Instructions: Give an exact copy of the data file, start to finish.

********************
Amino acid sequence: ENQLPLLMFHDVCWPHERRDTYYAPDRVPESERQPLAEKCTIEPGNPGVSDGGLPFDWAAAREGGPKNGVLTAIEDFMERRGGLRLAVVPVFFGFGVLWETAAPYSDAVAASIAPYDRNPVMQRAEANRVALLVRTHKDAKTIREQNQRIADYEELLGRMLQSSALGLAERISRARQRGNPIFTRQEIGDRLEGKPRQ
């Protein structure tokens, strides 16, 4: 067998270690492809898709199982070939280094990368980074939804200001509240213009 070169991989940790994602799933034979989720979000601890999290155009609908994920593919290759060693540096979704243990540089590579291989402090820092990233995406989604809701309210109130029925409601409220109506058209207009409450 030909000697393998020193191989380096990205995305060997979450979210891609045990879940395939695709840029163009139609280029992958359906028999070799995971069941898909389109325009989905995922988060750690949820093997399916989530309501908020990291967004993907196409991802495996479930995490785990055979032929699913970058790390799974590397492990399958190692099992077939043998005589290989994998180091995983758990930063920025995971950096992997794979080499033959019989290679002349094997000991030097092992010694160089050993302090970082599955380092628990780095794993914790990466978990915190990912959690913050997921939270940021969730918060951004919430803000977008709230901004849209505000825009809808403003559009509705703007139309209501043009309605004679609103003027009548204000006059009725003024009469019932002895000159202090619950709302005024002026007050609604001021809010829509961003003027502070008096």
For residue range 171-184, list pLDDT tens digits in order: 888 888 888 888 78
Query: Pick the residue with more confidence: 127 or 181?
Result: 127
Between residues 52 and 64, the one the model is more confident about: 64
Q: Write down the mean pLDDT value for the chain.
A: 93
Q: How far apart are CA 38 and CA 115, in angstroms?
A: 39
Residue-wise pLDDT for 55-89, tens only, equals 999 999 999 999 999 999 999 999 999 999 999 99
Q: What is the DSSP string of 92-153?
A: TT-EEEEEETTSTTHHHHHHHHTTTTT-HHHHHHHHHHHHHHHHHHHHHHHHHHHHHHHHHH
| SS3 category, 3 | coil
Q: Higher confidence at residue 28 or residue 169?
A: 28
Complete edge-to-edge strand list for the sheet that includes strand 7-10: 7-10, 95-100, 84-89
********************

Amino acid sequence: ENQLPLLMFHDVCWPHERRDTYYAPDRVPESERQPLAEKCTIEPGNPGVSDGGLPFDWAAAREGGPKNGVLTAIEDFMERRGGLRLAVVPVFFGFGVLWETAAPYSDAVAASIAPYDRNPVMQRAEANRVALLVRTHKDAKTIREQNQRIADYEELLGRMLQSSALGLAERISRARQRGNPIFTRQEIGDRLEGKPRQ
């Protein structure tokens, strides 16, 4: 067998270690492809898709199982070939280094990368980074939804200001509240213009 070169991989940790994602799933034979989720979000601890999290155009609908994920593919290759060693540096979704243990540089590579291989402090820092990233995406989604809701309210109130029925409601409220109506058209207009409450 030909000697393998020193191989380096990205995305060997979450979210891609045990879940395939695709840029163009139609280029992958359906028999070799995971069941898909389109325009989905995922988060750690949820093997399916989530309501908020990291967004993907196409991802495996479930995490785990055979032929699913970058790390799974590397492990399958190692099992077939043998005589290989994998180091995983758990930063920025995971950096992997794979080499033959019989290679002349094997000991030097092992010694160089050993302090970082599955380092628990780095794993914790990466978990915190990912959690913050997921939270940021969730918060951004919430803000977008709230901004849209505000825009809808403003559009509705703007139309209501043009309605004679609103003027009548204000006059009725003024009469019932002895000159202090619950709302005024002026007050609604001021809010829509961003003027502070008096």
For residue range 171-184, list pLDDT tens digits in order: 888 888 888 888 78
Query: Pick the residue with more confidence: 127 or 181?
Result: 127
Between residues 52 and 64, the one the model is more confident about: 64
Q: Write down the mean pLDDT value for the chain.
A: 93
Q: How far apart are CA 38 and CA 115, in angstroms?
A: 39
Residue-wise pLDDT for 55-89, tens only, equals 999 999 999 999 999 999 999 999 999 999 999 99
Q: What is the DSSP string of 92-153?
A: TT-EEEEEETTSTTHHHHHHHHTTTTT-HHHHHHHHHHHHHHHHHHHHHHHHHHHHHHHHHH
| SS3 category, 3 | coil
Q: Higher confidence at residue 28 or residue 169?
A: 28
Complete edge-to-edge strand list for the sheet that includes strand 7-10: 7-10, 95-100, 84-89